A few years ago I published the start of a story I wrote. This is the second volume in that story – at least it’s the start of it. I am actually more than half way done but decided to start posting sections of it as I go. These have only been partially proofed and may very well be different than the final, published version later.
Wuldaq reclined upon the top of the cliff sunning himself. His wings were spread wide to soak up the waning light. His turquoise scales glimmered in the last rays of the day. Today the three of them had stopped early in their travels so that the two dragons might be able to do some hunting before it grew too late. Having satisfied his own hunger, Wuldaq now watched over the human female while Arisa did her own hunting.
It had been only five days since he begun traveling with Arisa and this fourteen year old girl. Shortly after meeting them he had learned of the pair’s shared past. A series of events that left both Arisa and Elànde with many unanswered questions, but had forged a strong bond between the two unlikely companions. Since his escort mission began the pair had talked about their past, though it was Elànde that did most of the talking. Arisa was not much for idle conversation, especially with him.
Still, he supposed he couldn’t really blame the other dragon for being cautious. She had lost some of her memories years ago and to this day had still been unable to fill that troubling gap in time. He could understand her reluctance in talking about such things with those she had only known for a short period.
Wuldaq had been tasked with guiding Arisa and Elànde to the dragon elders, and with their protection. At their first meeting he hadn’t made a good impression on the violet dragon because of his tendency to take his jokes too far. Even still it would be nice if she gave him a chance to prove his worth as a dragon. And after learning some of Arisa’s own past he found himself wanting to do what he could to protect her, tasked or not.
“What am I thinking? She is just too fun to resist teasing. I am ordered to guide and protect them, there is nothing else to it.”
Shaking his head Wuldaq sighed and returned his attention to the youth that was sneaking through the forest. He had first noticed the human male shortly after taking up his watch. It was obvious that he had seen the smoke from Elànde’s campfire. He had not varied his course even once but made a direct line for their camp while sneaking from one hiding place to the next.
It was obvious the boy had experience in hunting, or possibly in thieving. He made absolutely no sound so Wuldaq was not been surprised that Arisa hadn’t noticed him. Even from his perch high above on the cliff Wuldaq could hear Elànde talking to herself as she cooked her own meal. The boy was perhaps only two hundred paces away from the clearing of their camp and still he could not hear any sounds from him.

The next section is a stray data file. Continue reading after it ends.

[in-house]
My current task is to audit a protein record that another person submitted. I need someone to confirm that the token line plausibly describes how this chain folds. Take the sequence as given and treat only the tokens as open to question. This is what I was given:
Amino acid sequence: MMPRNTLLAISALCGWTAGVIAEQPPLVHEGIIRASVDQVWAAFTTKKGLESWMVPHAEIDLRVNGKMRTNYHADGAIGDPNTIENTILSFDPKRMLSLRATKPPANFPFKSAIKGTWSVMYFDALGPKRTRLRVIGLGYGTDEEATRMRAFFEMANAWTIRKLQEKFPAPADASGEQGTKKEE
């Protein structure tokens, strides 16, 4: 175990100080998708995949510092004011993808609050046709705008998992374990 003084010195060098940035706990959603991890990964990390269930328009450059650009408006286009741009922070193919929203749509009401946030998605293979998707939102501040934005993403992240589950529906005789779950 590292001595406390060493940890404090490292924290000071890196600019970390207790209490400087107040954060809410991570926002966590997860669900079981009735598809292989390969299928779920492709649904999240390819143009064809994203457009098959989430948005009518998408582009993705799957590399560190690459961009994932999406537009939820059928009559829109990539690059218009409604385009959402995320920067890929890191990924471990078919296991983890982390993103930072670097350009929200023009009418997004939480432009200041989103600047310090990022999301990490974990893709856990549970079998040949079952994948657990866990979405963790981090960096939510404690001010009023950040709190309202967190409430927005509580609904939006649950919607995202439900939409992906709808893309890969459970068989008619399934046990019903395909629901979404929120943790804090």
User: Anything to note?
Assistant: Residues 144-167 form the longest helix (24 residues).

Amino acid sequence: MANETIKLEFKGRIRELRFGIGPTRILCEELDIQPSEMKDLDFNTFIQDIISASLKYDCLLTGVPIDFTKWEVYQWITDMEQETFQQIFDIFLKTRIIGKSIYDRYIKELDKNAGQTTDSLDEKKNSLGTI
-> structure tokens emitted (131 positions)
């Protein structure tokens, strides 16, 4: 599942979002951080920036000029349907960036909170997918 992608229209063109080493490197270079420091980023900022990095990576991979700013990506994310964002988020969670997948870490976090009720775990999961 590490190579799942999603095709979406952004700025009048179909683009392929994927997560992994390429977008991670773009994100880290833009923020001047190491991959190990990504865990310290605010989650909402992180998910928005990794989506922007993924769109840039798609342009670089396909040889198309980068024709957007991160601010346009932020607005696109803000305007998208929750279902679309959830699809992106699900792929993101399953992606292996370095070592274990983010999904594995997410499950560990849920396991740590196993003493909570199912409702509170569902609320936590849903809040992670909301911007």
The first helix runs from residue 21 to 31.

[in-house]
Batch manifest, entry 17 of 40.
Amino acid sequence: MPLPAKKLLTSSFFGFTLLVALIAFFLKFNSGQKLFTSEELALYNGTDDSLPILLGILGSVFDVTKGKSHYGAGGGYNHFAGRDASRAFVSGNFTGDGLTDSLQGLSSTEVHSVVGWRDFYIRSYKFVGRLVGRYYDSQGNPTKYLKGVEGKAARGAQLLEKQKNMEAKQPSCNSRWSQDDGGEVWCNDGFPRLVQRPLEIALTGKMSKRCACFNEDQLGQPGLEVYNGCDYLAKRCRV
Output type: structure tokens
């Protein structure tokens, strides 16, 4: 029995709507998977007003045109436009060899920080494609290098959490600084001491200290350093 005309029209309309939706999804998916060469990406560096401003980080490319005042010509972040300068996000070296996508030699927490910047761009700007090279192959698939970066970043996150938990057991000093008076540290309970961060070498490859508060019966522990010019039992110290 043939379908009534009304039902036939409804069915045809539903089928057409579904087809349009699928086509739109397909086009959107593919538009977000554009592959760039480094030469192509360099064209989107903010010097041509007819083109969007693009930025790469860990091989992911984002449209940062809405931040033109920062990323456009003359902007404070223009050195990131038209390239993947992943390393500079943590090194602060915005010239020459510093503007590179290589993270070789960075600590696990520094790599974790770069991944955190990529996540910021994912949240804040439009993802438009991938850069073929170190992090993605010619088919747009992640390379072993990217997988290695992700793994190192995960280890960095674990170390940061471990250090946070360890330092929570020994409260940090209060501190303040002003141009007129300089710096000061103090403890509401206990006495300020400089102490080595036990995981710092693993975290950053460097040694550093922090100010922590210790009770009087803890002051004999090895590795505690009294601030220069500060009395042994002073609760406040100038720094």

It was also obvious the boy did not expect any dragons to be nearby. While he had meticulously checked his surroundings as he crept from one hiding place to the next, not once did he check the skies above. Had he done so he probably would have noticed the large dragon watching his every step. The forest he was traveling through was sparse enough that it would have been hard not to notice Wuldaq if he had just looked up. In the same way it was impossible for Wuldaq not to track the boy now that he had seen him.
The boy didn’t seem to be the bad sort. He didn’t have the menacing look on his face that most human bandits had. Even his weapon of choice did not fit with those that intended harm to others. Now that he was finally near the edge of the woods he his bow out with arrow notched, but he kept it pointed at the ground. A sword would have been a far more intimidating weapon if he simply wished to pillage what he could.
Stepping quietly from the woods he approached the girl. Sighing once more Wuldaq raised himself up on his powerful legs.
“I suppose that is as far as I should let the boy get.”
Silently he leapt from the cliff and made a wide circuit in order to stay out of sight of the boy. He glided quietly but kept a close eye on the camp. If things turned badly he could adjust his flight and land between the two in a matter of moments.
Elànde let out a small cry as she turned her back on the campfire and noticed the boy for the first time. Even now he left the arrow pointed at the ground in front of Elànde instead of at the ready to kill. This situation was becoming very intriguing to Wuldaq. He would enjoy hearing what this boy’s true intentions were once he had scared the child witless.
“He’s over there, don’t let him escape!”
Ênard ran for all he was worth as the last hint of twilight became night. The plan had fallen apart almost immediately. This was supposed to be an easy escape. Well, maybe not easy. But certainly it should have been uneventful. Everyone should have been asleep. Everyone always went to bed early the night before a raid.
So why was it that instead of a simple escape where he just had to remain quiet as he slipped away he was now pursued by what sounded like the entire compound chasing behind him? He hadn’t made a single sound before the alarm was raised. What was worse the alarm had been raised specifically for him. No sooner had he slipped outside the walls than he heard somebody shout that he had escaped.
It was true that at his age he could probably outrun all of them. Most of the people chasing Ênard were all in their forties and he was only fifteen. But they had more ways to capture him than just catching up with him on foot.